Big Plans for Tiny Greens

The farm’s focus is on culinary excellence and nutrition
Marsha LaTessa and Brendan Davison plan to increase Good Water Farms’ year-round production of microgreens, which they deliver now to retailers and restaurants around the East End and in New York City. Carrie Ann Salvi

   The idea sprouted two summers ago in his Amagansett backyard with a seed planted by his ex-girlfriend, and now Brendan Davison grows certified organic microgreens at his Good Water Farms in East Hampton and hand-delivers trays of them to top-notch restaurants on the East End and in New York.
    The chefs cut the two-week-old infant greens while they are still alive in the soil from which they grew, so they’re receiving nutrients until minutes before they are eaten. An essential ingredient in Mr. Davison’s “modern boutique farm” is his inclination to “question everything,” he said — an impulse that once got him kicked out of Sunday school. Farming experience in California helped too, as did his study of shamanism.
    With the help of Marsha LaTessa, a “kindred spirit,” Good Water Farms is preparing for a major growth spurt.
    At the 1,800-square-foot “indoor farm,” there is a warm and steamy seed germination room, where life begins before the seedling trays are moved to tables below full-spectrum indoor lighting. From there, they’re moved to a 20-by-40-foot greenhouse just outside the building on Plank Road. The seedlings are watered from below with reservoirs beneath the long, stainless steel tables.
    “It’s not hydroponic,” Mr. Davison explained, because hydroponically grown plants require chemicals. For his microgreens, he said, soil is not only necessary, it’s “the most important thing.” Only certified organic soil from Vermont, which contains an abundance of nutrients including essential minerals, is used.
    Living soil is sacred and people should nourish themselves with a product of it, he said. “We are no different from these plants.” Before Christianity, shamans and pagans worshipped the earth, he said. “To plant a seed . . . this is creating life,” he said.
    A plant’s life progresses from seed to sprout to microgreen, petit green, and baby green before it is full-grown. The first leaves are four to six times more nutritious than mature leaves, Ms. LaTessa and Mr. Davison said.
    Locally, Good Water Farms microgreens can be found in a plastic “clamshell” in the produce section with a 10-day shelf life, or atop salads in the cafe at Provisions in Sag Harbor. They are also sold at the Amagansett IGA, Schmidt’s Market in Southampton, and Naturally Good in Montauk.
    The Topping Rose House, the restaurant helmed by Tom Colicchio, and Almond, both in Bridgehampton, and Sen in Sag Harbor serve Good Water Farms microgreens. In the summer, Surf Lodge and South Edison in Montauk are customers.
    Some customers purchase them through Rustic Roots, an organic home-delivery service, which offers seasonal varieties such as this week’s kale, sunflower, pea tendrils, broccoli, and arugula. The company collects fresh farm products with a goal of delivering within 24 hours.
    Mr. Davison said that the tiny greens can be used in and on salads, in soups, sandwiches, and wraps, in smoothies, or alone as a snack. His 9-year-old daughter likes greens on her pizza, recently asking, “Papa, can we sneak in some greens,” before going into a brick oven pizzeria. Because they’re sweeter than a full-grown vegetable, “microgreens could be the reason kids eat vegetables again,” he suggested. His daughter especially loves the pea tendrils, arugula, and sunflower greens, he said.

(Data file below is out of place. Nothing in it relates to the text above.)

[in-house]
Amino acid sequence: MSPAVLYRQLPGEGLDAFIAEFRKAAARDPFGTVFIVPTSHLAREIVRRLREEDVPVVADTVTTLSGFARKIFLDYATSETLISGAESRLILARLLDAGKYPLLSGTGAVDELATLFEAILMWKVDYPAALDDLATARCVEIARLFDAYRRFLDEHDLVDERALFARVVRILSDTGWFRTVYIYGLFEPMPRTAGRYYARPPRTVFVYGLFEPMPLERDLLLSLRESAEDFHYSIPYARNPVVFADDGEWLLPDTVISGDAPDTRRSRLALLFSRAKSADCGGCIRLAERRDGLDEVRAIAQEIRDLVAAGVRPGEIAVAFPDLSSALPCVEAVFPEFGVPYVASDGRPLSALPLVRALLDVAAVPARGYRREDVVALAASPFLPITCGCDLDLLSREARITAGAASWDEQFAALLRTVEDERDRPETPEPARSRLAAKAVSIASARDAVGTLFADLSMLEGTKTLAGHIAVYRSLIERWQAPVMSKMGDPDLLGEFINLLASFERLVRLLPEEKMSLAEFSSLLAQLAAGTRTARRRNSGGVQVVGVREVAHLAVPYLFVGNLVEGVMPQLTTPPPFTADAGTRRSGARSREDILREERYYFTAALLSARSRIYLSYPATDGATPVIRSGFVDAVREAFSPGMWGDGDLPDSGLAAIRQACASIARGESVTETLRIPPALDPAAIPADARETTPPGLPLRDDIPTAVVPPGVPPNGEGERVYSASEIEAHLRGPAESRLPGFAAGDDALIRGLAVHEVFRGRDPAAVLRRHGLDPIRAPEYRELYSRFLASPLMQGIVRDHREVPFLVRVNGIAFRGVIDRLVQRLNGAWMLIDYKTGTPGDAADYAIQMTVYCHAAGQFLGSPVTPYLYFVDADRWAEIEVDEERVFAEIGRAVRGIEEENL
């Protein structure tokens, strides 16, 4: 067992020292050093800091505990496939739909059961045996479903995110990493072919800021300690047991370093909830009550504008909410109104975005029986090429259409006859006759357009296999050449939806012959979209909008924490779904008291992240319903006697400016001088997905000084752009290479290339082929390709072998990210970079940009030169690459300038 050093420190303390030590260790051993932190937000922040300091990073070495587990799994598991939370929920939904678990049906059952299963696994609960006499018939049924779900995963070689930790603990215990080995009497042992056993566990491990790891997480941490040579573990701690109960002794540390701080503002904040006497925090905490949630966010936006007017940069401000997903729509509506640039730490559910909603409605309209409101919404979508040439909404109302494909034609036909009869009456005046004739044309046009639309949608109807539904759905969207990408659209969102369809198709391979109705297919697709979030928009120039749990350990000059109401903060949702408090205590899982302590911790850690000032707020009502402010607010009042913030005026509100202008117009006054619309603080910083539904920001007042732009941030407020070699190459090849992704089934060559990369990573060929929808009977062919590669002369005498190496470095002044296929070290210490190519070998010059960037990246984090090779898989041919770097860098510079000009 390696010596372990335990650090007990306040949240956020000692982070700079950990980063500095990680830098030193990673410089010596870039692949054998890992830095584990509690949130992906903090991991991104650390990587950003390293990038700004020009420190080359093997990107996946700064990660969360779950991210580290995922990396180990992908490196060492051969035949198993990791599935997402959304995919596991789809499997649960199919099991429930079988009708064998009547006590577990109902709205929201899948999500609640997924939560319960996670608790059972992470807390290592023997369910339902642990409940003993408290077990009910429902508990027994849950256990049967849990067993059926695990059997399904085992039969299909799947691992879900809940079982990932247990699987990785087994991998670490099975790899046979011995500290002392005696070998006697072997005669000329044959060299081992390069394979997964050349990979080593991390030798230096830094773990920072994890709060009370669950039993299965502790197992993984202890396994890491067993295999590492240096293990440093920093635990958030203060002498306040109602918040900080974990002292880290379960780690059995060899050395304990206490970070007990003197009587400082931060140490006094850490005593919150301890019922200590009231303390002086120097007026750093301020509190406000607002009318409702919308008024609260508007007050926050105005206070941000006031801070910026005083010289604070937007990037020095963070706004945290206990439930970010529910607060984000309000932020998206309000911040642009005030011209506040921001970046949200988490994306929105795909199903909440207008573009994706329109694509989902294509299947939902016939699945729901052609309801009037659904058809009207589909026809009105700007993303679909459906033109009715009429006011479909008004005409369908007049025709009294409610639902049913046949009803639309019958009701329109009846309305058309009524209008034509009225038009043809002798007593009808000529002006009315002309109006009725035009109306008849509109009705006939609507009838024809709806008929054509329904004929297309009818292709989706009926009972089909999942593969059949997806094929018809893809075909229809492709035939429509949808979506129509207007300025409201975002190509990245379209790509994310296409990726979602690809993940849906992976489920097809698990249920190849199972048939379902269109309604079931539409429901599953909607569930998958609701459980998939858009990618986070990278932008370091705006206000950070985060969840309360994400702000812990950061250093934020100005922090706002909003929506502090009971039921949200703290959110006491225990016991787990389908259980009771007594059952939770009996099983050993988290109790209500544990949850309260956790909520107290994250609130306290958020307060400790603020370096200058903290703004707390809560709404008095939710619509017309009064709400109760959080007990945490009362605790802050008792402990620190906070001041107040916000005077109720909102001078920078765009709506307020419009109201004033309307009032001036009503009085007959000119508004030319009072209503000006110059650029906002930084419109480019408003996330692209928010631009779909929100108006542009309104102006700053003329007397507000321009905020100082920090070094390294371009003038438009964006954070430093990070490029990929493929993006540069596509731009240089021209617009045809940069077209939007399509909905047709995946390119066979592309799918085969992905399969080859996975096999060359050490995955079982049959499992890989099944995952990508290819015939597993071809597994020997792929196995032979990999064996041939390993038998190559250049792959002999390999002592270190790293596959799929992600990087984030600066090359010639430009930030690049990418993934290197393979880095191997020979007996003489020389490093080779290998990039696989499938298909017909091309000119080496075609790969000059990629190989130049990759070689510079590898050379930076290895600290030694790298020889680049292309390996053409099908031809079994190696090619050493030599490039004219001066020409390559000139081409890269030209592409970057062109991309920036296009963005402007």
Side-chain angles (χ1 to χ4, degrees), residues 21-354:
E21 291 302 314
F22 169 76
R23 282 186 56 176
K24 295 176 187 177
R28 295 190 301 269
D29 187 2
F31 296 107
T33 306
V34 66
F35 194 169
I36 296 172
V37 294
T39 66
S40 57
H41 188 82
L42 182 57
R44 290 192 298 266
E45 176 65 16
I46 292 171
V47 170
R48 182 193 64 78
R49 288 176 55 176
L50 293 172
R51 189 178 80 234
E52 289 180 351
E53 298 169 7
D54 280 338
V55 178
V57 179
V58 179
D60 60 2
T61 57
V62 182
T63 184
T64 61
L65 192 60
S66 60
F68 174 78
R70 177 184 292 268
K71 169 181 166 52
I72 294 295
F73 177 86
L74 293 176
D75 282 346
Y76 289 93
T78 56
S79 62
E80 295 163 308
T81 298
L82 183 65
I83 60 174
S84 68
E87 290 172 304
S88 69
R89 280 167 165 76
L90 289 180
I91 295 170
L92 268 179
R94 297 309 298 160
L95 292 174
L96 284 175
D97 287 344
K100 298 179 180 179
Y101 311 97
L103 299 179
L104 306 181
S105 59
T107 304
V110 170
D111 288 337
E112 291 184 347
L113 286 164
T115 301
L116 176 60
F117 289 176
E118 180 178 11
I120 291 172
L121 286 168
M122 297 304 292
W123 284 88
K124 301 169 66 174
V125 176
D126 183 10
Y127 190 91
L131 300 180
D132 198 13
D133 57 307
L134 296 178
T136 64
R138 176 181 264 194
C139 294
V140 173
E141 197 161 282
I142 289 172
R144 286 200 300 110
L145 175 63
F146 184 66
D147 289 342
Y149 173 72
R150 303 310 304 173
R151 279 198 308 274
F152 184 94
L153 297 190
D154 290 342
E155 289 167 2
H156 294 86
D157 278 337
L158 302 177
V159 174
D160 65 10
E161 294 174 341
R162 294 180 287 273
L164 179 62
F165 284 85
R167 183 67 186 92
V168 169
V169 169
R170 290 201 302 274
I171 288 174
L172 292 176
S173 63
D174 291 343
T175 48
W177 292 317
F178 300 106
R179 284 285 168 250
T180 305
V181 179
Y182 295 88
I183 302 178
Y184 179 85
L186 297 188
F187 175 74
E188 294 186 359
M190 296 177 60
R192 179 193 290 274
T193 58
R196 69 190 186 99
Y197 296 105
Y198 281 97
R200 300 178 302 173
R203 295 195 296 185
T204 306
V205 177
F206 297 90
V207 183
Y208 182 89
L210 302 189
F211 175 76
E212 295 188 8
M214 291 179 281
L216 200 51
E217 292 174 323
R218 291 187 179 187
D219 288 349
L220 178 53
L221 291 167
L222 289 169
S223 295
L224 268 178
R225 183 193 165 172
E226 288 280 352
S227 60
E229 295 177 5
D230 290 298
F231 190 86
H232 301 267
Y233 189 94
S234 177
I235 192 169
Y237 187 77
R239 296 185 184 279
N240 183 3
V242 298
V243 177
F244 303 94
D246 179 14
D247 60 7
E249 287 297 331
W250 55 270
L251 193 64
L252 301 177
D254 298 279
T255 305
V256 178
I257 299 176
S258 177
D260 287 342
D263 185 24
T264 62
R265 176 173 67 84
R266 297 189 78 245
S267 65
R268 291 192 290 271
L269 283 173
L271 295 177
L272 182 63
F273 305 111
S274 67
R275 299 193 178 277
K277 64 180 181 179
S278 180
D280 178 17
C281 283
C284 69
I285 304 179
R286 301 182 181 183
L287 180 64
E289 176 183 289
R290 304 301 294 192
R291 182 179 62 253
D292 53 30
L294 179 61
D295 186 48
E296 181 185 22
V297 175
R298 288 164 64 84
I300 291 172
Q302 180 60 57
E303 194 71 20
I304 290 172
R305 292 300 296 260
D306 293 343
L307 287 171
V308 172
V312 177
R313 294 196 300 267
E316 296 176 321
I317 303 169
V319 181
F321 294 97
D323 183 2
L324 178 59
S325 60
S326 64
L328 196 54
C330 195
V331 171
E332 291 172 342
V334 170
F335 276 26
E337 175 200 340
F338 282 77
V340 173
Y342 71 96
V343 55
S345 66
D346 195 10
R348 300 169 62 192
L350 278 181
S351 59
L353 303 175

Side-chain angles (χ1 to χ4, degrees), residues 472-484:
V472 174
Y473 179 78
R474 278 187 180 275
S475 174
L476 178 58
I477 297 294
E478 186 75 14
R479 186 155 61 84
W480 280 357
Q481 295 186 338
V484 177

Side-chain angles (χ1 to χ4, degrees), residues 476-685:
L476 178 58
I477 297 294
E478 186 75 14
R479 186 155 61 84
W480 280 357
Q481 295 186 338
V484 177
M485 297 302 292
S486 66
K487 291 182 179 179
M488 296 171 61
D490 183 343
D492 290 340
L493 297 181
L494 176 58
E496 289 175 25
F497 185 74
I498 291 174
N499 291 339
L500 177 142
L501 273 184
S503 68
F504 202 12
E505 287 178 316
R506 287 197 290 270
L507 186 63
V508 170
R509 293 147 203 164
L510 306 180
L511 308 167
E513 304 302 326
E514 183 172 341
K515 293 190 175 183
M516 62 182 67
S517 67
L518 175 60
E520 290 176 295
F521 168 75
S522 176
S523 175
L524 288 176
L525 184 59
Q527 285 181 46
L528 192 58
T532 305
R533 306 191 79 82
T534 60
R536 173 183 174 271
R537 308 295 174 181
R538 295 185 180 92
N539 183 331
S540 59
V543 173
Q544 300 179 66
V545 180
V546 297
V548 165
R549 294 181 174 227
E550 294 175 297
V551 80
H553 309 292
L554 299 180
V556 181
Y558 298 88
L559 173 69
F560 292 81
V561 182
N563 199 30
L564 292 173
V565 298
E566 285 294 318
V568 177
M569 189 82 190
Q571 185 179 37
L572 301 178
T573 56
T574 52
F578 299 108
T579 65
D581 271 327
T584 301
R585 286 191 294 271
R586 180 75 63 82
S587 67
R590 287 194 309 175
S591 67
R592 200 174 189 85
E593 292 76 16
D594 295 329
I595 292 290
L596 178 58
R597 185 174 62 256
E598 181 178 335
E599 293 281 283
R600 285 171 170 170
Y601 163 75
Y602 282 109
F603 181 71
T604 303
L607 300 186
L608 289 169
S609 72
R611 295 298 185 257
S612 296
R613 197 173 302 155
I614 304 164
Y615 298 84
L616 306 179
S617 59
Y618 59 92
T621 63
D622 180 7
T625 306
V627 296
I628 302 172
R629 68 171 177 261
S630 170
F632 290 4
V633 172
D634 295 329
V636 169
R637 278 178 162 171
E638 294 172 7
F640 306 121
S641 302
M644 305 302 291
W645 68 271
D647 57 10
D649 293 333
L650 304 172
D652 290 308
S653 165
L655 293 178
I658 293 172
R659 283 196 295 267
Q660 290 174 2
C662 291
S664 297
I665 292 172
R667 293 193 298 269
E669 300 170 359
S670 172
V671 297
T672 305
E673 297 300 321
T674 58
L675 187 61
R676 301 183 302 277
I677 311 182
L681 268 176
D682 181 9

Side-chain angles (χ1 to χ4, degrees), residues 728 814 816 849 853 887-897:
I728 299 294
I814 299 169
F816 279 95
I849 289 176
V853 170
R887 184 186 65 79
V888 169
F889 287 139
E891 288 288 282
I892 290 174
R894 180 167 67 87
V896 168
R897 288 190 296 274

Jason Weiner, the chef at Almond restaurants, pairs Good Water Farms micro opal basil with local tomatoes in the summer. Recently, he added micro arugula to a bay scallop dish with Old Bay hollandaise and house-smoked bacon. “I use his stuff in all three of our places,” Mr. Weiner said. “It adds life to everything I use it on.” He appreciates the “boutique operation that grows in real dirt. . . . Imagine that.”
    “Brendan’s a great guy and his product is quite simply fantastic,” said Mr. Weiner, “and the best part . . . he’s about as local as you can get . . . our kids go to the same school.”
    “Many times Brendan will grow microgreens specifically for one of our dishes based on the flavor profiles we are looking for,” said Landy F. Labadie, the director of food and beverage for the Topping Rose House. Sunday’s menu included two appetizers with Good Water Farms microgreens — one with pea shoots combined with brulée orange, honey, walnuts, and calamata olives, she said. The restaurant also uses red shiso, sunflower, micro wasabi, micro lemon basil, baby cabbage, and baby broccoli from Mr. Davison and Ms. LaTessa’s farm.
    The farm’s focus is on culinary excellence and nutrition, said Ms. LaTessa, “how clean we want our food to be for us, our retailers, our restaurants. . . . It is a lifestyle and a philosophy.” It starts with the seed sourced from reputable companies. “We would never touch anything genetically modified.” The company won’t even use corn-based compostable packaging because so much corn is genetically engineered.
    “Large-scale factory farming is the reason people get sick,” Mr. Davison said. Besides the sprayed chemicals, the percentage of available nutrients is minimal, he explained.
    It is a progressive way to think about food and business, said Mr. Davison, it’s “conscious capitalism.”